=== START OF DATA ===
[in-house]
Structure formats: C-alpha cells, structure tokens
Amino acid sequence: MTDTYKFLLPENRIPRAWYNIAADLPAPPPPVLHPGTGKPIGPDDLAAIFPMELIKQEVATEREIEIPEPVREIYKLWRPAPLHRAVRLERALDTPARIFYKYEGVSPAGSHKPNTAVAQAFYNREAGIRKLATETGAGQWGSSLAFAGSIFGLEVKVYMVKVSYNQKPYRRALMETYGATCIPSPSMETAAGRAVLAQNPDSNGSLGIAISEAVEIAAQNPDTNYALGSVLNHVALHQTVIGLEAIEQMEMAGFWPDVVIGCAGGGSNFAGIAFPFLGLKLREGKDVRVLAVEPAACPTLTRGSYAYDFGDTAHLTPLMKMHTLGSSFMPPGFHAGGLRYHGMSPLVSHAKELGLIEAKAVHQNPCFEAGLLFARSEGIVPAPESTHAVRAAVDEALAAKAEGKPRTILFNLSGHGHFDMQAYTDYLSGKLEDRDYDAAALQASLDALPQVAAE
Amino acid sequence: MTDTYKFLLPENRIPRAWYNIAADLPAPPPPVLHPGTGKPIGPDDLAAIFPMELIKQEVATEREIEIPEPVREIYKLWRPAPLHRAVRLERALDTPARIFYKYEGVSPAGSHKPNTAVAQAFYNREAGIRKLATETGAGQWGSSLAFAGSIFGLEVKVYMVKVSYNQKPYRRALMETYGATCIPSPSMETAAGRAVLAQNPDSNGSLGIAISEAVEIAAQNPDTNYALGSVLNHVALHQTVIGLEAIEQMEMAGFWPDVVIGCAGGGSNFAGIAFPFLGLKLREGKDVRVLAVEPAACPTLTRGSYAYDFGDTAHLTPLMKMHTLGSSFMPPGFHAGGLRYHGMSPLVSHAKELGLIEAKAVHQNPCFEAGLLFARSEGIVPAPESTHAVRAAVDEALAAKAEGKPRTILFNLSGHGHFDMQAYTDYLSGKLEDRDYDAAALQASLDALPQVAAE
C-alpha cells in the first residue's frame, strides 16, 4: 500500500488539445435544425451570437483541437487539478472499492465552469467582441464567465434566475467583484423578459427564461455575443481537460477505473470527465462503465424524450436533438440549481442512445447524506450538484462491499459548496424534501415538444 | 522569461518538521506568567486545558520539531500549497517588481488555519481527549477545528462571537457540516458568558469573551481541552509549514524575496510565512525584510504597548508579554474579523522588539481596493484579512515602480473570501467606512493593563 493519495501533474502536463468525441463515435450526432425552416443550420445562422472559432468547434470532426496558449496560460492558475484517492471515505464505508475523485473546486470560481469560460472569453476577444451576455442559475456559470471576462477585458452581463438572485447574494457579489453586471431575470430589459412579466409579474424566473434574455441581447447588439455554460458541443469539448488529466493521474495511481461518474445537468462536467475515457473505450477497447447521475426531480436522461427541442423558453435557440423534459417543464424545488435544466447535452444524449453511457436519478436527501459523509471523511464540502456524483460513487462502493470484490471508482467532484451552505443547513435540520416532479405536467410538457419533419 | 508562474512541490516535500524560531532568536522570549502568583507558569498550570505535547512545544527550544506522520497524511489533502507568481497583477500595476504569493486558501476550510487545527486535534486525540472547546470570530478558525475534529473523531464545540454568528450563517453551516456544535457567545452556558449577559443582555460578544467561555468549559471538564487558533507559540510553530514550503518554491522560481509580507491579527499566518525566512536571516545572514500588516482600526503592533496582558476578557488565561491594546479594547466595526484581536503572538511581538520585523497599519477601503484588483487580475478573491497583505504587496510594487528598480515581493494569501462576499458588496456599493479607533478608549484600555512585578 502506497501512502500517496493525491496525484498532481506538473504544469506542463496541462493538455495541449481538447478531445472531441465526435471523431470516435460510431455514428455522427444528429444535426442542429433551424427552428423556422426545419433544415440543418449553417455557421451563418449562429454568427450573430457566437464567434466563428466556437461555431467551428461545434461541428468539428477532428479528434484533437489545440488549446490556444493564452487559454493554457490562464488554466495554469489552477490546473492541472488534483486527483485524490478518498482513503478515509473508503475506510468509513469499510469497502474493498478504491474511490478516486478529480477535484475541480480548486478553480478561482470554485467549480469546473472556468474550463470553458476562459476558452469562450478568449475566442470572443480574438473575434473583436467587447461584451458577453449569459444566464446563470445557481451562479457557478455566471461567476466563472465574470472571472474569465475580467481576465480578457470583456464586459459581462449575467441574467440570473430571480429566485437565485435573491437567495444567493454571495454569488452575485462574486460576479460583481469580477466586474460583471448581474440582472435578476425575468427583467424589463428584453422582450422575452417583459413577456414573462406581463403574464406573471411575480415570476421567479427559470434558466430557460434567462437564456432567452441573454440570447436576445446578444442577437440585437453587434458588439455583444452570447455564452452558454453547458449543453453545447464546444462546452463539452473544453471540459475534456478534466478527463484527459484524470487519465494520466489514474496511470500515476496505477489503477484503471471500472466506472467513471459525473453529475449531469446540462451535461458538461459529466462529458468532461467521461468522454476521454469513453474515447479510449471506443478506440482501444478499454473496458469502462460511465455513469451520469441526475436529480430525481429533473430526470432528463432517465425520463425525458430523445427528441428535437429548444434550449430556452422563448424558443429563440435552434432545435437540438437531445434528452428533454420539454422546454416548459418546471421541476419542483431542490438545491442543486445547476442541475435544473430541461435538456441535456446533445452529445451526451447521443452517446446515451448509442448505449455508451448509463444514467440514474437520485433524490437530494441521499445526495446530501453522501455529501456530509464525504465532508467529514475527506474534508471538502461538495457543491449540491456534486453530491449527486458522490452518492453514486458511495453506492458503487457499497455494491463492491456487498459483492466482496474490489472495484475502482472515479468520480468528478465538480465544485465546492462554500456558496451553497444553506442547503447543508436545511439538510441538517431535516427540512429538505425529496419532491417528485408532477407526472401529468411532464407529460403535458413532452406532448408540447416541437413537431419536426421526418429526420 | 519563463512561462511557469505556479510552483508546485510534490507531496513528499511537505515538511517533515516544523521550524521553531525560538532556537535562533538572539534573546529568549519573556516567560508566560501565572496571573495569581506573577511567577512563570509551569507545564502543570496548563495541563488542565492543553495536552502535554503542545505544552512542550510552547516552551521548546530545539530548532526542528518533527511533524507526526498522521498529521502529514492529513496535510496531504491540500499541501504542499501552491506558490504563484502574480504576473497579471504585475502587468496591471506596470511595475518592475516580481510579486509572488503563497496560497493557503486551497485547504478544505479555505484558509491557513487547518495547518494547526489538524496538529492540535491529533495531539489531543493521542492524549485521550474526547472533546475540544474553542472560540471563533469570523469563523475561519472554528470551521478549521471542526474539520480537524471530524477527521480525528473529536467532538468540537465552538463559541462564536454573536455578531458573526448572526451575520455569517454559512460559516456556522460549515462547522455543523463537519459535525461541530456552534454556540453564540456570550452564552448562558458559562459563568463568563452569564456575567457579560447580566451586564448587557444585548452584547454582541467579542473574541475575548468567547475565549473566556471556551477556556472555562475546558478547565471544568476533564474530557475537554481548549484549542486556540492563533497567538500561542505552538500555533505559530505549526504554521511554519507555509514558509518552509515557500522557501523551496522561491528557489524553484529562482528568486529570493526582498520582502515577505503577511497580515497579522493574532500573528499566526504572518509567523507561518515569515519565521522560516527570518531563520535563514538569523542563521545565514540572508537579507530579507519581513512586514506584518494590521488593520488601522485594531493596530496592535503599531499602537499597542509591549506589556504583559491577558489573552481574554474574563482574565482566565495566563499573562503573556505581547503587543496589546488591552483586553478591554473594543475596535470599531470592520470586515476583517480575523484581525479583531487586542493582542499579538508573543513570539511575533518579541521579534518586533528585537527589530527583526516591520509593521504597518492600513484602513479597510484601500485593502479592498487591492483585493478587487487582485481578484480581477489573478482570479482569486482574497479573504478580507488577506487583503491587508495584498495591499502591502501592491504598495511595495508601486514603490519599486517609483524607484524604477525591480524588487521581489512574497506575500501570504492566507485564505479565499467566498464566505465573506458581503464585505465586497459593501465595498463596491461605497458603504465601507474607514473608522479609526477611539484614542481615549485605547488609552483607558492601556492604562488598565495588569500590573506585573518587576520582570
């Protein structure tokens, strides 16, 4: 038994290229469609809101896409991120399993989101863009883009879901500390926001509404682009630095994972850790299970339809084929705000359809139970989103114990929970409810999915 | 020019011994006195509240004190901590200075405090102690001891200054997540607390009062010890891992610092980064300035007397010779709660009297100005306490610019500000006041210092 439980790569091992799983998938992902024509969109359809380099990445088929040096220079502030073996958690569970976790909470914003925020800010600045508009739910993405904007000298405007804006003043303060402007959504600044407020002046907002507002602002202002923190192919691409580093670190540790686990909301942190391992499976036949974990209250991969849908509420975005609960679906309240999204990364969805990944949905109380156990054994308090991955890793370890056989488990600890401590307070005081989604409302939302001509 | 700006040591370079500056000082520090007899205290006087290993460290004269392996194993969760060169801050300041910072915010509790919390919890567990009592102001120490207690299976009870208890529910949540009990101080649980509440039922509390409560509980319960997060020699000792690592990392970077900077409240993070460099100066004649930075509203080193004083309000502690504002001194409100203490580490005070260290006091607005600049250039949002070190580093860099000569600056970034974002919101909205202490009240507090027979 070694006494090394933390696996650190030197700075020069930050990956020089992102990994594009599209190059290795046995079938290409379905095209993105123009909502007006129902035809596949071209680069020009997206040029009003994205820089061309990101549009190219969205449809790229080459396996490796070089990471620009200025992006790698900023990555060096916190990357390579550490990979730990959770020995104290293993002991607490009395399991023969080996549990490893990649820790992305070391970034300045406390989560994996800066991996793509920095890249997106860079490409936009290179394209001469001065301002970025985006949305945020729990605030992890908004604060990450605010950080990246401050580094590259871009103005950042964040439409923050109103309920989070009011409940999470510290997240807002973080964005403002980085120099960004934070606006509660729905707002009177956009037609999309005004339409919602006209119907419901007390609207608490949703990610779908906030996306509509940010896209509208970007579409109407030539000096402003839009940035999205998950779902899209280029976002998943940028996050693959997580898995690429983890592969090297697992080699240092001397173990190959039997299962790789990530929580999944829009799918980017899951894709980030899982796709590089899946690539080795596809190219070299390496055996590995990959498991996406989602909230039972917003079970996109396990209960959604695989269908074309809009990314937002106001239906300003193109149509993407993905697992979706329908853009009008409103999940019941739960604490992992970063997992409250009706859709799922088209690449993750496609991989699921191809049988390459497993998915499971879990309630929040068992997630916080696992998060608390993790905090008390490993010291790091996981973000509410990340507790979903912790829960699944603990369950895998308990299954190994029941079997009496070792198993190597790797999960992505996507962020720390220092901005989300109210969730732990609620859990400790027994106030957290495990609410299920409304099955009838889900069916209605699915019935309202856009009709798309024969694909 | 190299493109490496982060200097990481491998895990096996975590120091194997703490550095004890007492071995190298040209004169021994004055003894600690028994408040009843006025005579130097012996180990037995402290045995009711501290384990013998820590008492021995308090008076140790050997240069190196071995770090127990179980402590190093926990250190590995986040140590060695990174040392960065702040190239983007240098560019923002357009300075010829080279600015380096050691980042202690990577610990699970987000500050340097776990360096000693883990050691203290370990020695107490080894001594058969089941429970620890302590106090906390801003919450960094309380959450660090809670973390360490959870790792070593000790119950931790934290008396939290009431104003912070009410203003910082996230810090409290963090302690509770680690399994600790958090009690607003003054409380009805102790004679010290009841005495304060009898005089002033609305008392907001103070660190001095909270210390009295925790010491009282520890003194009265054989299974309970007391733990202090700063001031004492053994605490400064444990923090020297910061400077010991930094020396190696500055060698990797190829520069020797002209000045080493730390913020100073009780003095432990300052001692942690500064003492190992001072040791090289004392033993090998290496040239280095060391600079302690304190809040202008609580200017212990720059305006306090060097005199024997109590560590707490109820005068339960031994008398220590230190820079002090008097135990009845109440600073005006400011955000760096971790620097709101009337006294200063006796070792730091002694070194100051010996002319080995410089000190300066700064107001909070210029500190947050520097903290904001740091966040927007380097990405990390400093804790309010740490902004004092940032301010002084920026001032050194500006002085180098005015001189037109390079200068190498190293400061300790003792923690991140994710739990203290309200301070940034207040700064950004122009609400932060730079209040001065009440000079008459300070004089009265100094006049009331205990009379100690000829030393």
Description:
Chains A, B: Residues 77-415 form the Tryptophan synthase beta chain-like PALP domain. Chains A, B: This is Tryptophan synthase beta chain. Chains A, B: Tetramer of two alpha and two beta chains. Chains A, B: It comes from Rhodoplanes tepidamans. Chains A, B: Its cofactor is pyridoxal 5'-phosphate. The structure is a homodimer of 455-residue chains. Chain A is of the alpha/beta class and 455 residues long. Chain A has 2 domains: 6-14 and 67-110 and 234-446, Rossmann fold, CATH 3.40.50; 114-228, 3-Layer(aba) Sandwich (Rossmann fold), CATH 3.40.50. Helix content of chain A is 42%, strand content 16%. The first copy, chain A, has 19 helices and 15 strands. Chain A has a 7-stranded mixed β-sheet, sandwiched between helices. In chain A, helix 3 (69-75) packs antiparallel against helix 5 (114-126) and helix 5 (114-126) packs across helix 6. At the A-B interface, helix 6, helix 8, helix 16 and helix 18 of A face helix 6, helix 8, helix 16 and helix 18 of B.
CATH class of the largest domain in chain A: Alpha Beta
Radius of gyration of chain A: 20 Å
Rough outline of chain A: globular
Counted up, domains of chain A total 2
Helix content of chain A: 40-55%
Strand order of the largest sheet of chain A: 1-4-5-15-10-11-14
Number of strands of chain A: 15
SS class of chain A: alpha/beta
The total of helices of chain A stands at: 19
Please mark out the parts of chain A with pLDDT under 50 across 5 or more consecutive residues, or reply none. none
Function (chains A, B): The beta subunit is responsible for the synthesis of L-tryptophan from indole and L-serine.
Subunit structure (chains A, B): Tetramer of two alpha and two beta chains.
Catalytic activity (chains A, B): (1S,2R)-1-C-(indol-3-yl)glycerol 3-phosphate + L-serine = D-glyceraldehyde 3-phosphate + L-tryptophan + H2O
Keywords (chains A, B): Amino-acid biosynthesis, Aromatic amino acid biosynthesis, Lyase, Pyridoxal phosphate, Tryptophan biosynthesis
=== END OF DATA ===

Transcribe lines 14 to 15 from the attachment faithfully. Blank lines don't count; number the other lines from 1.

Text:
Strand order of the largest sheet of chain A: 1-4-5-15-10-11-14
Number of strands of chain A: 15